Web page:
Apomorphine Hydrochloride 5 Mg/Ml Solution For InfusionOut of date information, search another
Apomorphine hydrochloride hemihydrate
Read all of this leaflet carefully before you start using this medicine because it contains important information for you.
- Keep this leaflet. You may need to read it again.
- If you have any further questions, ask your doctor or pharmacist.
- This medicine has been prescribed for you only. Do not pass it on to others. It may harm them, even if their signs of illness are the same as yours.
- If you get any side effects, talk to your doctor or pharmacist. This includes any possible side effects not listed in this leaflet.
1. What Apomorphine hydrochloride is and what it is used for
2. What you need to know before you use Apomorphine hydrochloride
3. How to use Apomorphine hydrochloride
4. Possible side effects
5. How to store Apomorphine hydrochloride
6. Contents of the pack and other information
Apomorphine hydrochloride belongs to a group of medicines known as dopamine agonists which are used to treat Parkinson’s disease. It helps to reduce the amount of time spent in an “off’ or immobile state in people who have previously been treated for Parkinson’s disease with levodopa and/or other dopamine agonists.
Your doctor or nurse will help you to recognise the signs of when to use your medicine.
2. What you need to know before you use Apomorphine hydrochloride Do not use Apomorphine hydrochloride:
- if you are allergic to apomorphine or any of the other ingredients of this medicine (listed in section 6)
- if you are under 18 years of age
- if you have breathing difficulties or suffer from asthma
- if you have dementia or Alzheimer’s disease
- if you suffer from confusion, hallucinations or any other similar problems
- if you have liver problems
- if you have severe overmobility, so called dyskinesia (involuntary movements), or abnormal muscle tension (so called dystonia) on account of the treatment with levodopa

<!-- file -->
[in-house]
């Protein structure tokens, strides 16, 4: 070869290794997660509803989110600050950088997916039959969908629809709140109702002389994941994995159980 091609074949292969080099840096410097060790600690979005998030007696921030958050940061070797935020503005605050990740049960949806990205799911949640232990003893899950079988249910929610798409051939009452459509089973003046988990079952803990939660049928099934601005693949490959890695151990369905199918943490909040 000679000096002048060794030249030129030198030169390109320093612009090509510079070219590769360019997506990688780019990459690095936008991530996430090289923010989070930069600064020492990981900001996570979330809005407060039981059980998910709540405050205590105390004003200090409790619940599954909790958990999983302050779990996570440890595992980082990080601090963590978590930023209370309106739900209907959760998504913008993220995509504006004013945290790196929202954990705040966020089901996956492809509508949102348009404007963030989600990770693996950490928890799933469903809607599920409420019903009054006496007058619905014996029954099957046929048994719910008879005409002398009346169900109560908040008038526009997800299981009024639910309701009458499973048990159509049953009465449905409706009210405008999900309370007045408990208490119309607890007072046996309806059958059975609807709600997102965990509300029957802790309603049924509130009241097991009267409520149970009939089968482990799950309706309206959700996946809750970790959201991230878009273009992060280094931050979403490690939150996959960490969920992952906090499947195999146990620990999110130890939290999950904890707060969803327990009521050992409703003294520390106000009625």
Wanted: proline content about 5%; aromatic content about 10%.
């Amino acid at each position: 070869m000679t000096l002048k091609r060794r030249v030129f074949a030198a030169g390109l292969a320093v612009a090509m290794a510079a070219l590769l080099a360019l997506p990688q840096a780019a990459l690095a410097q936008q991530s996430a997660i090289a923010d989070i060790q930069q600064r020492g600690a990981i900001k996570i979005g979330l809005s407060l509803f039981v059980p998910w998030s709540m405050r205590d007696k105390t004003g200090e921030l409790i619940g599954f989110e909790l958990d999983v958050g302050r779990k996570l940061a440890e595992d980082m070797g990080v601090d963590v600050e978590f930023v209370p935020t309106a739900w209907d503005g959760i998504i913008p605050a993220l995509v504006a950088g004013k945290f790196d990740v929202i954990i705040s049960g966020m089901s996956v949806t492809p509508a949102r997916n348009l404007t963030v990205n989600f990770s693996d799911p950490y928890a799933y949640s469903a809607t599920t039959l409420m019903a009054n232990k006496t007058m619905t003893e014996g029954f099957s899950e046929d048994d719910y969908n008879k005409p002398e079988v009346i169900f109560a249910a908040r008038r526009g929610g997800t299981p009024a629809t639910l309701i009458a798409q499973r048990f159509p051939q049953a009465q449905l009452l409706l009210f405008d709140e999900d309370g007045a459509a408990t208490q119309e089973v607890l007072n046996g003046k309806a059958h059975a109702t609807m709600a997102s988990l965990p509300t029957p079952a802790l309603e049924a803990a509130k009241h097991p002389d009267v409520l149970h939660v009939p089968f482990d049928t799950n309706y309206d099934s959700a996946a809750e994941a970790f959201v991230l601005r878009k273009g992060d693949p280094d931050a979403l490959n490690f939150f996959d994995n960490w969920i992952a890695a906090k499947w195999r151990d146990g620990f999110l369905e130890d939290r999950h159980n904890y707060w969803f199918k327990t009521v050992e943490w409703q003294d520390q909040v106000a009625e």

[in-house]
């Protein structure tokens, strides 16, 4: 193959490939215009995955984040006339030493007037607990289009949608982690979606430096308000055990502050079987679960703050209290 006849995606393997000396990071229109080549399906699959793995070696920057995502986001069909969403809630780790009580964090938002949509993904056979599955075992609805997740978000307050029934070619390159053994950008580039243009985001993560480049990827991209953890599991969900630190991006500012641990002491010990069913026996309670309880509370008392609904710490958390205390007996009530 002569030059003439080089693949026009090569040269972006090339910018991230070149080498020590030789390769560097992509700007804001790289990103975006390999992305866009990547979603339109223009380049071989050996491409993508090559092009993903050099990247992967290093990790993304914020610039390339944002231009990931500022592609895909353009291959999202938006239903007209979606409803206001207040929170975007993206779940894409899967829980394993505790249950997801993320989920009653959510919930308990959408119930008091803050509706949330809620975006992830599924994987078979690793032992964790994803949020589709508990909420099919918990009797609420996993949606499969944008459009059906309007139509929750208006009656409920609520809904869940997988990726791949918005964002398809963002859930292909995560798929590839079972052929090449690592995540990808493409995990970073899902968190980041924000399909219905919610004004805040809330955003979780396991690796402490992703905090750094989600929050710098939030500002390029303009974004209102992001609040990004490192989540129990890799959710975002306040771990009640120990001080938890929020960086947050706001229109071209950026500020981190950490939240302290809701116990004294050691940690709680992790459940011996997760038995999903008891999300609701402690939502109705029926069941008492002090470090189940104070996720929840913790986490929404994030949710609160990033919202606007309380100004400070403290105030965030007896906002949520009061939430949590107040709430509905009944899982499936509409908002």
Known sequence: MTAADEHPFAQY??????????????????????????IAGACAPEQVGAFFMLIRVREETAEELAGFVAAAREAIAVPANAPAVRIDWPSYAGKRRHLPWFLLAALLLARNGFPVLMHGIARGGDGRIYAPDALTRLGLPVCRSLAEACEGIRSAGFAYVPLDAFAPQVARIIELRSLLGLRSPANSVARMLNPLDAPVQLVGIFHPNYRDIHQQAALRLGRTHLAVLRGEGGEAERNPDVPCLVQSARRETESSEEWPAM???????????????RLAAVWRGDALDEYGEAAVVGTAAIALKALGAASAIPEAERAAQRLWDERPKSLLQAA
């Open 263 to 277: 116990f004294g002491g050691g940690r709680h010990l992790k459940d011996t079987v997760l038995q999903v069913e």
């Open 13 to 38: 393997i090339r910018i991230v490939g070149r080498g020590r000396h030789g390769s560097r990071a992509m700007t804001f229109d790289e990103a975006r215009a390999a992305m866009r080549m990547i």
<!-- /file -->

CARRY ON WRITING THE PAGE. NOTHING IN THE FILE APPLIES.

- if you or someone in your family are known to have an abnormality of electrocardiogram (ECG) called “long QT syndrome”. Tell your doctor.
Take special care with Apomorphine hydrochloride
- if you have kidney problems
- if you have lung problems
- if you have heart problems
- if you have low blood pressure or feel faint and dizzy when you stand
- if you are taking any medicines to treat high blood pressure
- if you feel sick or suffer from being sick
- if you are elderly or weak
- if you have any mental disorders when Apomorphine hydrochloride is started
- when driving or operating machinery since apomorphine may cause sleepiness including sudden sleep onset episodes (you must not drive or operate machinery if Apomorphine hydrochloride makes you sleepy)
- if you are taking levodopa (another treatment for Parkinson’s disease) as well as apomorphine your doctor should check your blood regularly.
Tell your doctor if you or your family/carer notices that you are developing urges or cravings to behave in ways that are unusual for you and you cannot resist the impulse, drive or temptation to carry out certain activities that could harm yourself or others. These are called impulse control disorders and can include behaviours such as addictive gambling, excessive eating or spending, an abnormally high sex drive or an increase in sexual thoughts or feelings. Your doctor may need to adjust or stop your dose.
Talk to your doctor or pharmacist before you use this medicine if:
You use medicines that are known to affect how your heart beats. This includes medicines that are used for heart rythm problems (such as quinidine and amiodarone), for depression (e.g. tricyclic antidepressants such as amitriptyline and imipramine) and for bacterial infections (“macrolid antibiotics” such as erythromycine, azithromycine and clarithromycine) and domperidone.
If any of the above situations apply to you, please inform your doctor or nurse.
Tell your doctor or pharmacist if you are taking, have recently taken or might take any other medicines.
If you take Apomorphine hydrochloride in combination with other medicines (such as clozapine or medicines to reduce your blood pressure or medicines for Parkinson’s disease) the effect of your medicines may be altered. Your doctor will advise you if you need to adjust the dose of Apomorphine hydrochloride or any of your other medicines.
Food and drink do not affect Apomorphine hydrochloride.